A few issues with quizzes this year:
1. Students don't retake the quizzes and they are okay with it! I try a lot of extrinsic motivation with this (rewards for passing quizzes, including their names on the wall in celebration, picking from the treasure box, extra credit on their test, etc), but seriously my students don't care. I have never seen students not get excited over the potential for extra credit before. I am actually not a fan of extra credit at all, but I tried using some sort of extrinsic reward just to get students to retake quizzes, and it's not working!
2. The last 3 chapters I have allowed my students to "take quizzes when they are ready". So, instead of having everyone in the class STOP and take the quiz at the same time (and often sit there for 5 minutes waiting for the whole class to finish if they are a quick worker), I have different versions of the quiz every day and students take them when they want. However, this has led to students not even taking one quiz for the whole chapter (even though they get a 2-3 out of 8 just for trying, instead of a "0" for not doing it at all). Many of my students LOVE being able to take quizzes when they are ready, others hate it because they can't manage their time well enough to take them. So, I need to find a balance where students still have the freedom, yet there are still the expectations and some sort of boundaries to make sure students at least attempt the quiz within a certain time period.
3. Ideally, students would not be able to take the chapter test until they can pass the mini-quizzes. However, if I go to this model, there will be students who spend 2 months on a 2 week chapter. At least those are my thoughts. However, is there a chance that it would be more motivating, knowing that they "can't move on until they master it?"
What is the LEAST HELPFUL part of the "flipped classroom"?
People may select more than one checkbox, so percentages may add up to more than 100%.
I knew this would be the response even before the survey came in. The students HATE having to ask their own question, and for Algebra 1, honestly, their questions SUCK.
"What happens if you forget to distribute the negative"
Answer: Then you will get the problem wrong
"Is there another way to solve these problems"
Answer: Yes, there probably is but we haven't learned it yet.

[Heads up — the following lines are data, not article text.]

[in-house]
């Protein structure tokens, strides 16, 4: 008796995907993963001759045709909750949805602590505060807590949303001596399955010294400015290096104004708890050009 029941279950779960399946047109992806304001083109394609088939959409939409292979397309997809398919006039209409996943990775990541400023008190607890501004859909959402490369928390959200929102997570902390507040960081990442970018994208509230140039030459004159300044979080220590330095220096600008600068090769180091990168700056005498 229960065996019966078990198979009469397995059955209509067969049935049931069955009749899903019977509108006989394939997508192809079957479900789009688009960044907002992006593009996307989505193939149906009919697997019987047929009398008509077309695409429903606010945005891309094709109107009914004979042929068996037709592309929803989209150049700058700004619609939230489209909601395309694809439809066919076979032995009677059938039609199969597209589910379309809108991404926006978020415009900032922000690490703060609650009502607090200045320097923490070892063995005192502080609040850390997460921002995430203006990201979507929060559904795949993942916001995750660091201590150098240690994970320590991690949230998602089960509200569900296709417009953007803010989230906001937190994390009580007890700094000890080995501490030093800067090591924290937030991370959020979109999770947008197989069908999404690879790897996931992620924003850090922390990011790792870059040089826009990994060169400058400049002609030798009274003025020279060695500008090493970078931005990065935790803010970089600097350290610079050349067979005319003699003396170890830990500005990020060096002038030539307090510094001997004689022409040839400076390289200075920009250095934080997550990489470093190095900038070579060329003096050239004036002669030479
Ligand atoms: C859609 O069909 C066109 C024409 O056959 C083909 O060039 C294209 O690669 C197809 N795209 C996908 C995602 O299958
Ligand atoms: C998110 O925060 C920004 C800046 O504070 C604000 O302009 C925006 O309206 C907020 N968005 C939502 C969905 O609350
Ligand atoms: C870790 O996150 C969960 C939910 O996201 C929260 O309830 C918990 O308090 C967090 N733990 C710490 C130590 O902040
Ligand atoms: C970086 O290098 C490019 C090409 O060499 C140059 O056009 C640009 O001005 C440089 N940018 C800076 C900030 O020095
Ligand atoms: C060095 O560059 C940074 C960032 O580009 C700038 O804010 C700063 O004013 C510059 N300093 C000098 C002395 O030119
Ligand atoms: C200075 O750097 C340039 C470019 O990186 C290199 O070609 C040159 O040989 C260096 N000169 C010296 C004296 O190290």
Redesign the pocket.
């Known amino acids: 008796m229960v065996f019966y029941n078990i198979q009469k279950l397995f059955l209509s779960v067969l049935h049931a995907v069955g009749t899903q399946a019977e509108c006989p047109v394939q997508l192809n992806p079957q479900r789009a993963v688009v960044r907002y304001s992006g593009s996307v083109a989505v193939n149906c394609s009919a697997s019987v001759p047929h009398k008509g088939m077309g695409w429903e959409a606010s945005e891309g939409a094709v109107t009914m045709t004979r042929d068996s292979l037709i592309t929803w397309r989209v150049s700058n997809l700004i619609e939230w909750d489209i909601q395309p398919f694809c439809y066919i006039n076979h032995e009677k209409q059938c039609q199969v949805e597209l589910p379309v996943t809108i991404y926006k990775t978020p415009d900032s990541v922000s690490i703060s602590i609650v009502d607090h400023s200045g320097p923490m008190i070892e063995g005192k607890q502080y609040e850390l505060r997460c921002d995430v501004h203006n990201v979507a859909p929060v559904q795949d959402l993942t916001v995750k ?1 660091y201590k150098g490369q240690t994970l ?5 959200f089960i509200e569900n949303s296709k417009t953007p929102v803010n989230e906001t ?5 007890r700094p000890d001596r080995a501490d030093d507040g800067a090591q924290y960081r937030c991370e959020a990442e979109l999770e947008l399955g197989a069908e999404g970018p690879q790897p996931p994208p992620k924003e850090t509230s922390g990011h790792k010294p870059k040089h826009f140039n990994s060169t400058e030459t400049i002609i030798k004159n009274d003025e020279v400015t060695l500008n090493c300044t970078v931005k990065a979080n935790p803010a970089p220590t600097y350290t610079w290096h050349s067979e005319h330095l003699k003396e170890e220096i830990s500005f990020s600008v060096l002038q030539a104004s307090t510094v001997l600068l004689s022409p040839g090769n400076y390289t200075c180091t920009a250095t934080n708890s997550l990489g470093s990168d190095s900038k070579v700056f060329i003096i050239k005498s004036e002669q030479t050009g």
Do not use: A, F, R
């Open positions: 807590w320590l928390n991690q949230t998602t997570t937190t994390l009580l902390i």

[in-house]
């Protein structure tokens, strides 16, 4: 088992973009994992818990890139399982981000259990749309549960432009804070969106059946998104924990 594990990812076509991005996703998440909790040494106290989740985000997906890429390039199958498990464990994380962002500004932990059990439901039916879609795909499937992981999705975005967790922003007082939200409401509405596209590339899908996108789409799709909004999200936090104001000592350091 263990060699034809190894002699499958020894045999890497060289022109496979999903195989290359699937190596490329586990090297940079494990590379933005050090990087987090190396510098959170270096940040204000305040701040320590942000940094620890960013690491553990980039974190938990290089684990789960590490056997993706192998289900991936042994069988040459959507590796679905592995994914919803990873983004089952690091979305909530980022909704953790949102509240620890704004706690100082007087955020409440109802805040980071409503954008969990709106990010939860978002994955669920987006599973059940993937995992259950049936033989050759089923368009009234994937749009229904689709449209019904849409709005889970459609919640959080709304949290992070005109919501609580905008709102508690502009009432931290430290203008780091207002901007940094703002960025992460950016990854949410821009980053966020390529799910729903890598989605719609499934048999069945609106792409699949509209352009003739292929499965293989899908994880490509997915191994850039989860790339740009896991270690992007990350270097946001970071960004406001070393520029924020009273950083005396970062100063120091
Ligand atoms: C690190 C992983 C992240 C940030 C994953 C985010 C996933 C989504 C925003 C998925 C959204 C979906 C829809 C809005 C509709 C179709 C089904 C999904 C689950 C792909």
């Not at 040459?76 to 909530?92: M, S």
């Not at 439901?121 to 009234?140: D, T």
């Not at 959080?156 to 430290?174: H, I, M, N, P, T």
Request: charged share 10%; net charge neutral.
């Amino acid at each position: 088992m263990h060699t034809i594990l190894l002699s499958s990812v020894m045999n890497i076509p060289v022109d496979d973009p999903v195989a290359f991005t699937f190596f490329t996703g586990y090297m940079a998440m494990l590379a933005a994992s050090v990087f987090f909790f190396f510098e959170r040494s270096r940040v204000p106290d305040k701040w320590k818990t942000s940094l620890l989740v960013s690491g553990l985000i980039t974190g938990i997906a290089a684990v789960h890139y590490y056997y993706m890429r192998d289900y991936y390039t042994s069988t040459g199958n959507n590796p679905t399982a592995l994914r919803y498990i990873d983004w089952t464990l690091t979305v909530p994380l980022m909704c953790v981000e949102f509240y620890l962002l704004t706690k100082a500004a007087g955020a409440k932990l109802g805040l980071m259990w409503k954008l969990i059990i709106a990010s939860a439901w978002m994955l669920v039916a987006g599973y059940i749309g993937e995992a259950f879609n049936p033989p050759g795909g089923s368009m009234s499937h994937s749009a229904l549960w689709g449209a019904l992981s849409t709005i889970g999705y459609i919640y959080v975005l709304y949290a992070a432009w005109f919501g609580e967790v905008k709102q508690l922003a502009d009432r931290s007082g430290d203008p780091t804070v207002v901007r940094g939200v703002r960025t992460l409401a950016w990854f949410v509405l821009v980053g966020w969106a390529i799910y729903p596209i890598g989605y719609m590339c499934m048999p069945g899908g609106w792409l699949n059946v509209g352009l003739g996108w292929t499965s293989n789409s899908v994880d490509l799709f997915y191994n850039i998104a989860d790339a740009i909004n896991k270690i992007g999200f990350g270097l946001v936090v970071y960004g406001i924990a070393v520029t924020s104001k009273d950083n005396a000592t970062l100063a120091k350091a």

I blame this on a few things. First, I have not emphasized question starters and asking good questions with my Algebra 1 kids as much because their summaries were so bad we focused on those instead. I need to "teach" them the art of question-asking better if I want better results. Second, most of the time the questions do not get answered well. This is the fault of many people. First, my fault for not teaching/modeling the Question part well enough, as well as for accepting crappy questions in the beginning of the year and thus continuing to accept them. Second, the students' fault for being okay with asking crappy questions and getting crappy answers but having no desire to find out the true answer to the question.
This needs a lot of work for my Algebra 1 kiddos next year.
I think the summary part was #2 for a few reasons:
1. We started the year with "open summaries" where students just had to write about what they watched with no guidance. This may seem easy to some people, but for my low-level, half EL class, writing a summary is a big task... some of them don't even really understand what a summary it! Now that I have transitioned to "guided summaries", students still have those negative attitudes about the summaries.
2. I am not okay with "crappy" answers to the "guided summary" questions and honestly, my students don't always like me challenging them to think deeper :)... oh, the never ending challenge of being a high school teacher!
Very happy to see that 1/3 of my students said that "nothing" was "LEAST HELPFUL" in my flipped class... that's a huge percentage and is great to hear!